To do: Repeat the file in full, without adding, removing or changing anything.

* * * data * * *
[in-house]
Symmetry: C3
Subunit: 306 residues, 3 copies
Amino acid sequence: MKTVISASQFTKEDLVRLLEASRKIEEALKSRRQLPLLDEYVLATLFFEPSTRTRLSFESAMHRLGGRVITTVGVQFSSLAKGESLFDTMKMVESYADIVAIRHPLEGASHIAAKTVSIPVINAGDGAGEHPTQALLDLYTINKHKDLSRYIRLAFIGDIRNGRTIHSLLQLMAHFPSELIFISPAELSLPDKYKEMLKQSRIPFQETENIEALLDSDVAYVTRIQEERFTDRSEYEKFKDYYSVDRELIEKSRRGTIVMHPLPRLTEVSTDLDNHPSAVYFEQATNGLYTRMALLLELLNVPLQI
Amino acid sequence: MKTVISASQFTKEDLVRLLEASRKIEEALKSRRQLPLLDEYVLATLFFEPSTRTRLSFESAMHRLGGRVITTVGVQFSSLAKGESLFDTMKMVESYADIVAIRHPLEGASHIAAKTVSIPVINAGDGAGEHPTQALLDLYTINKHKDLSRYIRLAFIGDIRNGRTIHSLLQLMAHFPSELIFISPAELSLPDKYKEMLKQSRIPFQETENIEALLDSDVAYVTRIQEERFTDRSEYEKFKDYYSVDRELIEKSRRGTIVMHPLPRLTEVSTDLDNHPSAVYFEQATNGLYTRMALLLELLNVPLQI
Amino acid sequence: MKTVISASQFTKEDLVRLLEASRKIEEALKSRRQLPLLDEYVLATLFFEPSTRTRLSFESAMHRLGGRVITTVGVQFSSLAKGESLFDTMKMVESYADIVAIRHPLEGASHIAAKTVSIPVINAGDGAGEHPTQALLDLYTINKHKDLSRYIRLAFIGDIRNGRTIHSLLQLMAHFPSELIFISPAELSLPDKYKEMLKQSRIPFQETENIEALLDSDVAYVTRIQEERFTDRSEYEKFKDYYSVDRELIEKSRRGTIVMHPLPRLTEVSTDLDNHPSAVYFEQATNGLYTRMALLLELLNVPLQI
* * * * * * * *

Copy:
[in-house]
Symmetry: C3
Subunit: 306 residues, 3 copies
Amino acid sequence: MKTVISASQFTKEDLVRLLEASRKIEEALKSRRQLPLLDEYVLATLFFEPSTRTRLSFESAMHRLGGRVITTVGVQFSSLAKGESLFDTMKMVESYADIVAIRHPLEGASHIAAKTVSIPVINAGDGAGEHPTQALLDLYTINKHKDLSRYIRLAFIGDIRNGRTIHSLLQLMAHFPSELIFISPAELSLPDKYKEMLKQSRIPFQETENIEALLDSDVAYVTRIQEERFTDRSEYEKFKDYYSVDRELIEKSRRGTIVMHPLPRLTEVSTDLDNHPSAVYFEQATNGLYTRMALLLELLNVPLQI
Amino acid sequence: MKTVISASQFTKEDLVRLLEASRKIEEALKSRRQLPLLDEYVLATLFFEPSTRTRLSFESAMHRLGGRVITTVGVQFSSLAKGESLFDTMKMVESYADIVAIRHPLEGASHIAAKTVSIPVINAGDGAGEHPTQALLDLYTINKHKDLSRYIRLAFIGDIRNGRTIHSLLQLMAHFPSELIFISPAELSLPDKYKEMLKQSRIPFQETENIEALLDSDVAYVTRIQEERFTDRSEYEKFKDYYSVDRELIEKSRRGTIVMHPLPRLTEVSTDLDNHPSAVYFEQATNGLYTRMALLLELLNVPLQI
Amino acid sequence: MKTVISASQFTKEDLVRLLEASRKIEEALKSRRQLPLLDEYVLATLFFEPSTRTRLSFESAMHRLGGRVITTVGVQFSSLAKGESLFDTMKMVESYADIVAIRHPLEGASHIAAKTVSIPVINAGDGAGEHPTQALLDLYTINKHKDLSRYIRLAFIGDIRNGRTIHSLLQLMAHFPSELIFISPAELSLPDKYKEMLKQSRIPFQETENIEALLDSDVAYVTRIQEERFTDRSEYEKFKDYYSVDRELIEKSRRGTIVMHPLPRLTEVSTDLDNHPSAVYFEQATNGLYTRMALLLELLNVPLQI